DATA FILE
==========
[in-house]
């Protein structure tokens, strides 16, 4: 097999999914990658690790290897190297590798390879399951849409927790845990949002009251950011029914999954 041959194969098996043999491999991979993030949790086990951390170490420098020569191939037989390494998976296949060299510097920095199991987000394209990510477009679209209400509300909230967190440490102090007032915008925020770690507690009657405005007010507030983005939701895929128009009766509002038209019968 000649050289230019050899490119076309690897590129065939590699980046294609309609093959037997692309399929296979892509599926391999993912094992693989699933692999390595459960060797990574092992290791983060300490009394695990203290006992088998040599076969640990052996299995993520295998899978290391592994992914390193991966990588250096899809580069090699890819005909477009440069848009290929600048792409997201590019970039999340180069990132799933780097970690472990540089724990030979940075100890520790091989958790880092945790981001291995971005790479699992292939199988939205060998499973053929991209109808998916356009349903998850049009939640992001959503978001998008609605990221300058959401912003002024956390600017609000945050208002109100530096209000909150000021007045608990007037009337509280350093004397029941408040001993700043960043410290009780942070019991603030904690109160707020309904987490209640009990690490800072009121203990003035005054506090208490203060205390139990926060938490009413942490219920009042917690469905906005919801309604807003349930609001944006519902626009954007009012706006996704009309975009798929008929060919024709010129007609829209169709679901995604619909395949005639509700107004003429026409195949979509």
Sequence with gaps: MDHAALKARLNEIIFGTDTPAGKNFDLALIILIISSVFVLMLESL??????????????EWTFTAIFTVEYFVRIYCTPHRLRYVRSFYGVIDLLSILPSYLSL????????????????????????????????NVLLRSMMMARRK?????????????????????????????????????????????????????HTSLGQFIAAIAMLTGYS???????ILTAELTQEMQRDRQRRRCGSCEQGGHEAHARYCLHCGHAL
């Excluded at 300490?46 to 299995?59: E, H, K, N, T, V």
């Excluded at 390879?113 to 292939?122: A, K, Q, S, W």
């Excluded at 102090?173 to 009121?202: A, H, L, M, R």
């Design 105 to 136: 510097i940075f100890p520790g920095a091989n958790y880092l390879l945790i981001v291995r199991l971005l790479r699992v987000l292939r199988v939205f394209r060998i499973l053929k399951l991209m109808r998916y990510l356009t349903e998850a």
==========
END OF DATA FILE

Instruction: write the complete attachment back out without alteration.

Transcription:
[in-house]
């Protein structure tokens, strides 16, 4: 097999999914990658690790290897190297590798390879399951849409927790845990949002009251950011029914999954 041959194969098996043999491999991979993030949790086990951390170490420098020569191939037989390494998976296949060299510097920095199991987000394209990510477009679209209400509300909230967190440490102090007032915008925020770690507690009657405005007010507030983005939701895929128009009766509002038209019968 000649050289230019050899490119076309690897590129065939590699980046294609309609093959037997692309399929296979892509599926391999993912094992693989699933692999390595459960060797990574092992290791983060300490009394695990203290006992088998040599076969640990052996299995993520295998899978290391592994992914390193991966990588250096899809580069090699890819005909477009440069848009290929600048792409997201590019970039999340180069990132799933780097970690472990540089724990030979940075100890520790091989958790880092945790981001291995971005790479699992292939199988939205060998499973053929991209109808998916356009349903998850049009939640992001959503978001998008609605990221300058959401912003002024956390600017609000945050208002109100530096209000909150000021007045608990007037009337509280350093004397029941408040001993700043960043410290009780942070019991603030904690109160707020309904987490209640009990690490800072009121203990003035005054506090208490203060205390139990926060938490009413942490219920009042917690469905906005919801309604807003349930609001944006519902626009954007009012706006996704009309975009798929008929060919024709010129007609829209169709679901995604619909395949005639509700107004003429026409195949979509």
Sequence with gaps: MDHAALKARLNEIIFGTDTPAGKNFDLALIILIISSVFVLMLESL??????????????EWTFTAIFTVEYFVRIYCTPHRLRYVRSFYGVIDLLSILPSYLSL????????????????????????????????NVLLRSMMMARRK?????????????????????????????????????????????????????HTSLGQFIAAIAMLTGYS???????ILTAELTQEMQRDRQRRRCGSCEQGGHEAHARYCLHCGHAL
């Excluded at 300490?46 to 299995?59: E, H, K, N, T, V």
């Excluded at 390879?113 to 292939?122: A, K, Q, S, W």
């Excluded at 102090?173 to 009121?202: A, H, L, M, R």
């Design 105 to 136: 510097i940075f100890p520790g920095a091989n958790y880092l390879l945790i981001v291995r199991l971005l790479r699992v987000l292939r199988v939205f394209r060998i499973l053929k399951l991209m109808r998916y990510l356009t349903e998850a």